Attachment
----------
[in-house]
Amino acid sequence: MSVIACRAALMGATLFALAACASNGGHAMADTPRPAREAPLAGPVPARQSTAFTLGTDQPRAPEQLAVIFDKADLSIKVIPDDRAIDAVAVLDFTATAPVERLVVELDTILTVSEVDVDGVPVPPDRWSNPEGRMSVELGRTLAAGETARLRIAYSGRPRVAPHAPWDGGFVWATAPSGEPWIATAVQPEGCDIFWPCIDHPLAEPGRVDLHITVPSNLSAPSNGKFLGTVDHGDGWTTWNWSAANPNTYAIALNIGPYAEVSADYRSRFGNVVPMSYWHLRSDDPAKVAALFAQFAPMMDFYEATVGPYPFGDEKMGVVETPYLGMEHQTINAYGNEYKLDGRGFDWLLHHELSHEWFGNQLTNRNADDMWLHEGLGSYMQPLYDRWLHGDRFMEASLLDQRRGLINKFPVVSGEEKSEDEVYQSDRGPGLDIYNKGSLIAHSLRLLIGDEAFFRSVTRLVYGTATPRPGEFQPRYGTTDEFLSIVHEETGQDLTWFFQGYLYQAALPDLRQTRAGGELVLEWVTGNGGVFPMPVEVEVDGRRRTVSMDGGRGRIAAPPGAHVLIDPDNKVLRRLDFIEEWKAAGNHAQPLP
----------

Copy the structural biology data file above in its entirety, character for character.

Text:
[in-house]
Amino acid sequence: MSVIACRAALMGATLFALAACASNGGHAMADTPRPAREAPLAGPVPARQSTAFTLGTDQPRAPEQLAVIFDKADLSIKVIPDDRAIDAVAVLDFTATAPVERLVVELDTILTVSEVDVDGVPVPPDRWSNPEGRMSVELGRTLAAGETARLRIAYSGRPRVAPHAPWDGGFVWATAPSGEPWIATAVQPEGCDIFWPCIDHPLAEPGRVDLHITVPSNLSAPSNGKFLGTVDHGDGWTTWNWSAANPNTYAIALNIGPYAEVSADYRSRFGNVVPMSYWHLRSDDPAKVAALFAQFAPMMDFYEATVGPYPFGDEKMGVVETPYLGMEHQTINAYGNEYKLDGRGFDWLLHHELSHEWFGNQLTNRNADDMWLHEGLGSYMQPLYDRWLHGDRFMEASLLDQRRGLINKFPVVSGEEKSEDEVYQSDRGPGLDIYNKGSLIAHSLRLLIGDEAFFRSVTRLVYGTATPRPGEFQPRYGTTDEFLSIVHEETGQDLTWFFQGYLYQAALPDLRQTRAGGELVLEWVTGNGGVFPMPVEVEVDGRRRTVSMDGGRGRIAAPPGAHVLIDPDNKVLRRLDFIEEWKAAGNHAQPLP